Brag time. We just got home from the big Calgary science fair competition. My 13-year-old won three awards. Here’s the kicker: his project was called Saving Honey with Sound. His experiment was based on sending ultrasonic energy waves into combs of granulated honey, attempting to liquefy the honey without using heat and without melting the wax comb.
His awards included a gold metal for creating a great original experiment, an award from a home economics group, plus the Consumers Economics Prize from the Haskayne School of Business. Also, the University of Calgary presented him the Hunter Centre Secondary (ie., high school) Consumer Science Award. Being recognized meant competing with 902 other students, all of them there by invitation because they had placed well at their local school events. Across Canada, over half a million kids participated in this year’s science fairs. That’s the same number that participated in hockey this year. So it’s a big deal.
My son wanted to help beekeepers who face trouble when honey begins to crystallize in the comb. For experts, he talked to some Alberta beekeepers and he interviewed a major honey packer. For background, he studied physics books. For coaching, he relied on his mom, who is a physician, not a keeper of bees, and who is a skilled public speaker. I stayed entirely out of his project. This was our son’s experiment – he spent about 60 hours in the basement working on it and we are happy that he put such effort into the science. For example, he learned that it’s largely the glucose/fructose ratio in honey that causes granulation. This varies flower-to-flower, which is why some honeys crystallize more quickly than others. He explored heat-induced honey damage and investigated cheap ways to generate high frequency sound waves. He also learned about resonant frequencies and how they can cause molecular vibration which in turn can phase-change solids to liquids.
Here is what I learned from him. The idea of using ultrasound to reverse granulation works, at least as part of a small-scale experiment. It may even have commercial application, but my son is not totally convinced. He used speakers which emitted 18,000 hertz sound waves at just over 100 decibels. (By the way, at such a high frequency, the sound is inaudible to humans. There is no risk of hearing damage – we asked an auditory physician before we allowed the boy to start.) After seven days, there was some liquefying. He told me that if he had bigger speakers and if he had an amplifier that could generate a higher frequency, the results would have been more spectacular. That’s what he thinks would be required in a honey operation if a beekeeper wants to extract any combs which are crystallized.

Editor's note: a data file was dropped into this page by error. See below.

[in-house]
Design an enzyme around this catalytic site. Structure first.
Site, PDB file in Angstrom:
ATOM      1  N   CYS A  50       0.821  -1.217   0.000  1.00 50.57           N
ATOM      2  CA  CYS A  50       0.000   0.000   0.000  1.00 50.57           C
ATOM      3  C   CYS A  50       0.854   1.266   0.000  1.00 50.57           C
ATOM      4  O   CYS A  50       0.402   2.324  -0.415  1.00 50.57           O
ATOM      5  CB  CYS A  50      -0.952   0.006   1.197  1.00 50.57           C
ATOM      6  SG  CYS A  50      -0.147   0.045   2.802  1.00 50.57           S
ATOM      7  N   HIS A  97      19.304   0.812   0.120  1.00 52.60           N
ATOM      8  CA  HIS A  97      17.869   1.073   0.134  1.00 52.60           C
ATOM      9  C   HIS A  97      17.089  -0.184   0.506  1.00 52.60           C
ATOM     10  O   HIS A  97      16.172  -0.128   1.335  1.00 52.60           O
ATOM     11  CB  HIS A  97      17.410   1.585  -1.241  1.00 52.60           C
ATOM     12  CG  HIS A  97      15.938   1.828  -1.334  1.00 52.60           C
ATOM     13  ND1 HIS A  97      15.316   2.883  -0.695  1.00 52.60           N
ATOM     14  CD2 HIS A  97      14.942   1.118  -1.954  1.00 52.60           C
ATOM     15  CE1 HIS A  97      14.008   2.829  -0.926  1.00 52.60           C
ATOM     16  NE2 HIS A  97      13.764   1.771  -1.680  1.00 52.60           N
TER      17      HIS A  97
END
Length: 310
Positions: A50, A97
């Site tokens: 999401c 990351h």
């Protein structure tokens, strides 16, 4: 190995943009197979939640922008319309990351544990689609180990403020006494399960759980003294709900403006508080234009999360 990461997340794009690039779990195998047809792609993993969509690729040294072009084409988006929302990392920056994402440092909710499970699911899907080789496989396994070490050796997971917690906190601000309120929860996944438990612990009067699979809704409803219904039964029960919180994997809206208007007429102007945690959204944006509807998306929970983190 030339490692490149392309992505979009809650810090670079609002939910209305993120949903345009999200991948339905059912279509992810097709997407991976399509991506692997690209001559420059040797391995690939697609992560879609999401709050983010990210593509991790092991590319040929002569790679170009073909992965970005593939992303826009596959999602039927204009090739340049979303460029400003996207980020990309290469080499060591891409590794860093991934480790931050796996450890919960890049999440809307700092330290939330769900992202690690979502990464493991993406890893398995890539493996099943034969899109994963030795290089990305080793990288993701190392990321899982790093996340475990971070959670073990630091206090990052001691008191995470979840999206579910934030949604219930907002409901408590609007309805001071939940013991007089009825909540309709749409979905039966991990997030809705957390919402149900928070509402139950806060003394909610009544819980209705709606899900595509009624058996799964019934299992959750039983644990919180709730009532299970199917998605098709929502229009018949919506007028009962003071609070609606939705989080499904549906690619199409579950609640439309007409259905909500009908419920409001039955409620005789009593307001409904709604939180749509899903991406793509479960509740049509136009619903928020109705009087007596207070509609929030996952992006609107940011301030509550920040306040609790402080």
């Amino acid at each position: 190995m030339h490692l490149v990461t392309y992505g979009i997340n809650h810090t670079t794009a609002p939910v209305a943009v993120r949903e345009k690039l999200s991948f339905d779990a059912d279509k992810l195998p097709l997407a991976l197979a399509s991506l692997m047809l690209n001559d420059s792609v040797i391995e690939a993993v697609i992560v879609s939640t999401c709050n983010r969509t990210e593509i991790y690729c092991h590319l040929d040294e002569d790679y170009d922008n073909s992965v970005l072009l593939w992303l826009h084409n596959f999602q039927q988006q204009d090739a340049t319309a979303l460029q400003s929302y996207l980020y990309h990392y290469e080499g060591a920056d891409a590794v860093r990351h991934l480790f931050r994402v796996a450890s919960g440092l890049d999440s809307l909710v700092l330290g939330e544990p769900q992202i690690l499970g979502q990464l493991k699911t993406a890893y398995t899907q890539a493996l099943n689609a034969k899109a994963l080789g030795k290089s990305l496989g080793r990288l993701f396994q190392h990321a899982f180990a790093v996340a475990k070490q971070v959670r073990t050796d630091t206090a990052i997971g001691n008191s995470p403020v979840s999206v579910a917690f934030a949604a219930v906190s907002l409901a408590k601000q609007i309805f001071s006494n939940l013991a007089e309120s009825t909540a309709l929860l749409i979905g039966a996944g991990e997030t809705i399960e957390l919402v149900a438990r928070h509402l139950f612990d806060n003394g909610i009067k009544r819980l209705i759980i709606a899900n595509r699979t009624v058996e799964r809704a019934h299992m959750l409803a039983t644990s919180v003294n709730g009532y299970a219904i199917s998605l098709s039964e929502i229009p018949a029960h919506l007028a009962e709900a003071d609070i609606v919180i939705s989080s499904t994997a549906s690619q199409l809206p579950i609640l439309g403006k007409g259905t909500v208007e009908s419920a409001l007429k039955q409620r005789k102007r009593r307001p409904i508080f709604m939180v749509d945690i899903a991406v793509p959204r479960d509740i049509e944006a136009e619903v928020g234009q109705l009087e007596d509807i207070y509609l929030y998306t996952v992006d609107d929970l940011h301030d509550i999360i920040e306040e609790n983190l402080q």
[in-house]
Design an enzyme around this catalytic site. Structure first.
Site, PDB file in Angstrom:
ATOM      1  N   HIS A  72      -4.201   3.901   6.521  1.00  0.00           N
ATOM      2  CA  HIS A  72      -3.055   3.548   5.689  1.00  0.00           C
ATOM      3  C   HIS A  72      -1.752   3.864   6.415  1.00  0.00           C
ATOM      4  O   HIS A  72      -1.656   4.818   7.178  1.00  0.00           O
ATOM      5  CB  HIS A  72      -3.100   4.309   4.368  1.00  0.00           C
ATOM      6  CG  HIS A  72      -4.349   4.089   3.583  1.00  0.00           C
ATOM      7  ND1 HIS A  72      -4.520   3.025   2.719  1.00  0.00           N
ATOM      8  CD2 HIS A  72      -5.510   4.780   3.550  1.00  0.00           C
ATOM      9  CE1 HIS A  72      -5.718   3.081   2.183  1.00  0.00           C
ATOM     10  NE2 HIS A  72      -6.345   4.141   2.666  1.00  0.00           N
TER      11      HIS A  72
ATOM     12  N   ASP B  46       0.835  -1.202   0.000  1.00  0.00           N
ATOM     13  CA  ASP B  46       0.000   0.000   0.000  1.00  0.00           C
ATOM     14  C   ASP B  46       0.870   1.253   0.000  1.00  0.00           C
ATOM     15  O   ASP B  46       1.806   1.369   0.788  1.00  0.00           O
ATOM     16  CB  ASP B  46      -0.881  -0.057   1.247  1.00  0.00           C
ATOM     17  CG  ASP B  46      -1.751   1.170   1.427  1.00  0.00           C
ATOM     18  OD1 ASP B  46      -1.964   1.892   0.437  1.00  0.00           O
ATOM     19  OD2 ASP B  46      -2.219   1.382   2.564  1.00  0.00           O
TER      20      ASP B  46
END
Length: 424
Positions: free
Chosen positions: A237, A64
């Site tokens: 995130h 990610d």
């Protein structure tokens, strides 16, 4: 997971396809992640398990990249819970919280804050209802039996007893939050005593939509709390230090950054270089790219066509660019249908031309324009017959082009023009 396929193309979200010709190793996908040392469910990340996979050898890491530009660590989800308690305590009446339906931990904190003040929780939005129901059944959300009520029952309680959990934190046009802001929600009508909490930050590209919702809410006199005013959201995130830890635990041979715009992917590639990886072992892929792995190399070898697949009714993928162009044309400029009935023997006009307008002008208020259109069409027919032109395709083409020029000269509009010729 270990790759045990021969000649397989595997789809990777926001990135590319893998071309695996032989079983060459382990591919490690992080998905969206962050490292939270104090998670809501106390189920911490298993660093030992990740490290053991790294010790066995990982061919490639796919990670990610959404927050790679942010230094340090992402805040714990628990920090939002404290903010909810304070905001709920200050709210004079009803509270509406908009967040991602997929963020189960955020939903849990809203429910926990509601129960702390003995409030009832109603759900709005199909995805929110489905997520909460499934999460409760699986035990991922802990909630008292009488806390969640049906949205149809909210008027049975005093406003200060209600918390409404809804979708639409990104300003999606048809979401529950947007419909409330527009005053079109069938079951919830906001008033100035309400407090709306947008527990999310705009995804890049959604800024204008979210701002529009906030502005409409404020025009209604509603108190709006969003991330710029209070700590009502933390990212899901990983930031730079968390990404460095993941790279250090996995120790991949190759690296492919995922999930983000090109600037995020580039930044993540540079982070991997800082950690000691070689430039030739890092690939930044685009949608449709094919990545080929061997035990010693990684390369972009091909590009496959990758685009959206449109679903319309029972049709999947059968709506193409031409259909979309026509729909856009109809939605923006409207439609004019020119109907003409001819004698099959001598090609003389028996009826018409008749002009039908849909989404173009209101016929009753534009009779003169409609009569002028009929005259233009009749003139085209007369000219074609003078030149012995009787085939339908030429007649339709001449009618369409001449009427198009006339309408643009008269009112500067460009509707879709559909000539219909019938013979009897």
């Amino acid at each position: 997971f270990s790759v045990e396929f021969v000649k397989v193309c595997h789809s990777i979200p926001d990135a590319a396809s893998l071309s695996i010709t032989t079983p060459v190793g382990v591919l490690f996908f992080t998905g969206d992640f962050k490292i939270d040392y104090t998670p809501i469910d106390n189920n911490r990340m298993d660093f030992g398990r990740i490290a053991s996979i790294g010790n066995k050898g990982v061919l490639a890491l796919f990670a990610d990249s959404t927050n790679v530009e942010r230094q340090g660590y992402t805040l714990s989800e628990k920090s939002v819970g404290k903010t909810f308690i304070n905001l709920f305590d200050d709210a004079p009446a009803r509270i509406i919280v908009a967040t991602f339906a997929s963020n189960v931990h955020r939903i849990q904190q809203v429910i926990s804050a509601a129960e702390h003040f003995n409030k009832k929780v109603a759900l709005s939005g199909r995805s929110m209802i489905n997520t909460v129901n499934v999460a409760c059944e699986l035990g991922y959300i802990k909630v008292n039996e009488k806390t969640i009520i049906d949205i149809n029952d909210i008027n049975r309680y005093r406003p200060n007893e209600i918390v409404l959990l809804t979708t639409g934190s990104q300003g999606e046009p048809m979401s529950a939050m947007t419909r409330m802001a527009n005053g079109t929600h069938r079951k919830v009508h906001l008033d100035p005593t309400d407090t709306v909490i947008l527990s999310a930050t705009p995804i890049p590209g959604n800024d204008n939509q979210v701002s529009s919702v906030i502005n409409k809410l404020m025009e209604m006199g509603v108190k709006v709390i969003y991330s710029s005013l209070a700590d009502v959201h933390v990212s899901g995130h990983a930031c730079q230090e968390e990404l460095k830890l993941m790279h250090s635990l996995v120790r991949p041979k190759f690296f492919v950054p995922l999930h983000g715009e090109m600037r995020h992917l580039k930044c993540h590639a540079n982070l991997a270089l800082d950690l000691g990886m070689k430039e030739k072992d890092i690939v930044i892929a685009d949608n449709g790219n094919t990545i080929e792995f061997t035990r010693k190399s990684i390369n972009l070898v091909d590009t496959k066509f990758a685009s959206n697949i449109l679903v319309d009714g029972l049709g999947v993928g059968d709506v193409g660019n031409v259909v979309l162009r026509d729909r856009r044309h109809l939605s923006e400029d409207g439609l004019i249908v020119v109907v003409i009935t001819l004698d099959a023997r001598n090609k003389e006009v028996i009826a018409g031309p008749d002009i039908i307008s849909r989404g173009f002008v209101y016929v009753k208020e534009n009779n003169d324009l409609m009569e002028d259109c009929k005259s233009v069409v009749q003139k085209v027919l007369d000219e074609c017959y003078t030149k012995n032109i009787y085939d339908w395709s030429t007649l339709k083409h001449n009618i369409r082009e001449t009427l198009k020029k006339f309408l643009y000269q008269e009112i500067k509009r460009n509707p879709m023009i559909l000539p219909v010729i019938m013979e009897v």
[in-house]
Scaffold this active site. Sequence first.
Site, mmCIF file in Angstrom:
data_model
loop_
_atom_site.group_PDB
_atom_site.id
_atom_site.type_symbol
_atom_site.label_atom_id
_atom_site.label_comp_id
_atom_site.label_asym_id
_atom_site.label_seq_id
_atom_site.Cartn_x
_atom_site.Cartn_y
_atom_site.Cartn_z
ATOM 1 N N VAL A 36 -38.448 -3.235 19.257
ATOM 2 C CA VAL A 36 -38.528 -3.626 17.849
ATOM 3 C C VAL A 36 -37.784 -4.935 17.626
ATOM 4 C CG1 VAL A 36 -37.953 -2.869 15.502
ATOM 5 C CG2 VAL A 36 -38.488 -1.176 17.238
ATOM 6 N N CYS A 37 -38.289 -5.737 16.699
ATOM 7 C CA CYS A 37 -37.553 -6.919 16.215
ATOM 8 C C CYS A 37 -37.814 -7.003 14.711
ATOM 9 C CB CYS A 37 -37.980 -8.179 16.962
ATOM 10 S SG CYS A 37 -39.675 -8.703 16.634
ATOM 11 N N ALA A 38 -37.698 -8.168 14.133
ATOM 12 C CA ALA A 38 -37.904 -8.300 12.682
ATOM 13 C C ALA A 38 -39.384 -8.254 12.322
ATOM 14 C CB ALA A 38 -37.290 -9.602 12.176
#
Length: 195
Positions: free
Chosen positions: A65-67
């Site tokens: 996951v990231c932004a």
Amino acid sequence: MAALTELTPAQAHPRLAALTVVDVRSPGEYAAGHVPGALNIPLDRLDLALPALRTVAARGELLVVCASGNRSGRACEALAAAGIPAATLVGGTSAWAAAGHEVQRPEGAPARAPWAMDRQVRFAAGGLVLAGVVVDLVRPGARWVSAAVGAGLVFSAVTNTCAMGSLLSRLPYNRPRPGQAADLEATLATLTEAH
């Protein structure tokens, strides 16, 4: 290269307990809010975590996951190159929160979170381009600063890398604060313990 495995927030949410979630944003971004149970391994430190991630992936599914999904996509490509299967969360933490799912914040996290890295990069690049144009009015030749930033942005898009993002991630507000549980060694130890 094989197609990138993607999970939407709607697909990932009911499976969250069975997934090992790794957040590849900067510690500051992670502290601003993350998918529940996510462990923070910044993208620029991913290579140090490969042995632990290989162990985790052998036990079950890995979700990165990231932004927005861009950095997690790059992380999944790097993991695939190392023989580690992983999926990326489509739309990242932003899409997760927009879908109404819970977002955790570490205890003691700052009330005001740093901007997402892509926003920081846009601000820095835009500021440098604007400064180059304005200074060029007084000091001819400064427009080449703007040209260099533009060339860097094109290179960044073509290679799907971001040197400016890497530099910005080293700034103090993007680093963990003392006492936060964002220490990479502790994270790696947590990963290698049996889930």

You can see the benefits. If the idea actually can scale up, hot rooms might be replaced with sound rooms. Honey sold in the comb could be restored. The science fair judges recognized this, hence the economics award for an experiment that combined the physics of sound and the chemistry of honey.
A great achievement, Miksha. You are rightly proud of him and its so nice to see children taking a practical interest in science. We certainly need some sort of invention because we have loads of oilseed rape (canola) coming into flower which has a high glucose content and sets rock-hard in the comb if you don’t get it off immediately.
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Thanks, the kid did well. His motivation was exactly what you mentioned – canola. We have millions of acres of it here in western Canada and when it granulates, the honey is stuck in the comb. It is so rock-hard that even bees are reluctant to chew into it. And it will never be extracted out. It looks like you know all this!
What a great project! You must be so proud of him, he worked hard on this. This is a reflection of you and your wife’s parenting. Good job to you both
Thanks! He really worked hard and presented well to the judges!
Wow. What first gave him the idea of using ultrasound?
The young scientist saw Canadian beekeepers having big problems with canola honey granulating in the comb. I told him that if the honey is heated, it becomes liquid again, but the wax comb also melts, ruining it. I told him to see if he could find another way to liquefy the honey. He loves science and physics so he started researching the idea. He found that there is a company in Germany that puts vibrating pins in vats of liquid honey (and some other food products) to keep it flowing. But this is direct contact – the device is submersed in the already liquid honey. The pins vibrate at an ultrasonic frequency. So he decided to test ultrasound on granulated honey in wax combs. There are three things that make this different from the German process – no direct contact, honey is already granulated, and wax combs are involved. But ultrasound is a borrowed idea.
His results were only marginally successful. He had some liquefied honey, close to the speakers where the sound was most intense and direct. He thinks it would work better with higher frequency and more amplitude. He is not sure that the whole thing can be economically scaled up to a commercial honey farm level – it would take a few thousand dollars to test that. But it might. – Ron
What about doing it like Dr.’s do when breaking up kidney stones while still present in a human body? Could the honey be submersed in a flexible “container” and then submerged in liquid (water) like breaking up the above stones?
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Thanks! It’s probably a similar idea. He was trying to vibrate the crystals apart without heating the honey and melting the wax.
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